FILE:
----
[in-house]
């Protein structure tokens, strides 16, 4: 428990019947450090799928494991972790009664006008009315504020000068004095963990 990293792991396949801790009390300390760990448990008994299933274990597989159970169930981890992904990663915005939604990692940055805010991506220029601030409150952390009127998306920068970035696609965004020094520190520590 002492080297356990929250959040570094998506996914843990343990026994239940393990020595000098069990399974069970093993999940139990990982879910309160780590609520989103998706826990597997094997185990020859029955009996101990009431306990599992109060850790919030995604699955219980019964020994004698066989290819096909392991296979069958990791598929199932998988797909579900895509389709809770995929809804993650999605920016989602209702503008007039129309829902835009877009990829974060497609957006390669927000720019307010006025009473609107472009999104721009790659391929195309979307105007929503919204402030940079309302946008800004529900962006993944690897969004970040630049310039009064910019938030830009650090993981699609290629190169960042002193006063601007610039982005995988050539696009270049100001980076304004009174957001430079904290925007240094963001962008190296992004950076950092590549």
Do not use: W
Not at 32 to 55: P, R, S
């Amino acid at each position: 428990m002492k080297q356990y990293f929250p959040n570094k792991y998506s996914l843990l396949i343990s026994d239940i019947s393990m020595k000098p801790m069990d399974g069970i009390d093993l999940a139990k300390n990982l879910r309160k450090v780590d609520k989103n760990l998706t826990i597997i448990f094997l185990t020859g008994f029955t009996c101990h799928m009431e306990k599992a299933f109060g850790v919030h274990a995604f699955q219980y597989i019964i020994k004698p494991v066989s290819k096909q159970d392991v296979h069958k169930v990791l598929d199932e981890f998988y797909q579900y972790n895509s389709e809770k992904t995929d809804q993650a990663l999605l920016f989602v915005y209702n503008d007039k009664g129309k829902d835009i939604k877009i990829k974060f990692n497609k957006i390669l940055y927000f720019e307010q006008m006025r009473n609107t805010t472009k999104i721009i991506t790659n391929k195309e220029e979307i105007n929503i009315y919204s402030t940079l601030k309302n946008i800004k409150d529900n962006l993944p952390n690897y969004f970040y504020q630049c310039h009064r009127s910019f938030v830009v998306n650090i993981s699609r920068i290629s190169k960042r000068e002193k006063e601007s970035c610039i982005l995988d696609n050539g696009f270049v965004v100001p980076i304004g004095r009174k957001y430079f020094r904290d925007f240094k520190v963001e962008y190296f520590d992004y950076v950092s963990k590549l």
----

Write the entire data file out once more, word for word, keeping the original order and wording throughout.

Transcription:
[in-house]
């Protein structure tokens, strides 16, 4: 428990019947450090799928494991972790009664006008009315504020000068004095963990 990293792991396949801790009390300390760990448990008994299933274990597989159970169930981890992904990663915005939604990692940055805010991506220029601030409150952390009127998306920068970035696609965004020094520190520590 002492080297356990929250959040570094998506996914843990343990026994239940393990020595000098069990399974069970093993999940139990990982879910309160780590609520989103998706826990597997094997185990020859029955009996101990009431306990599992109060850790919030995604699955219980019964020994004698066989290819096909392991296979069958990791598929199932998988797909579900895509389709809770995929809804993650999605920016989602209702503008007039129309829902835009877009990829974060497609957006390669927000720019307010006025009473609107472009999104721009790659391929195309979307105007929503919204402030940079309302946008800004529900962006993944690897969004970040630049310039009064910019938030830009650090993981699609290629190169960042002193006063601007610039982005995988050539696009270049100001980076304004009174957001430079904290925007240094963001962008190296992004950076950092590549």
Do not use: W
Not at 32 to 55: P, R, S
């Amino acid at each position: 428990m002492k080297q356990y990293f929250p959040n570094k792991y998506s996914l843990l396949i343990s026994d239940i019947s393990m020595k000098p801790m069990d399974g069970i009390d093993l999940a139990k300390n990982l879910r309160k450090v780590d609520k989103n760990l998706t826990i597997i448990f094997l185990t020859g008994f029955t009996c101990h799928m009431e306990k599992a299933f109060g850790v919030h274990a995604f699955q219980y597989i019964i020994k004698p494991v066989s290819k096909q159970d392991v296979h069958k169930v990791l598929d199932e981890f998988y797909q579900y972790n895509s389709e809770k992904t995929d809804q993650a990663l999605l920016f989602v915005y209702n503008d007039k009664g129309k829902d835009i939604k877009i990829k974060f990692n497609k957006i390669l940055y927000f720019e307010q006008m006025r009473n609107t805010t472009k999104i721009i991506t790659n391929k195309e220029e979307i105007n929503i009315y919204s402030t940079l601030k309302n946008i800004k409150d529900n962006l993944p952390n690897y969004f970040y504020q630049c310039h009064r009127s910019f938030v830009v998306n650090i993981s699609r920068i290629s190169k960042r000068e002193k006063e601007s970035c610039i982005l995988d696609n050539g696009f270049v965004v100001p980076i304004g004095r009174k957001y430079f020094r904290d925007f240094k520190v963001e962008y190296f520590d992004y950076v950092s963990k590549l």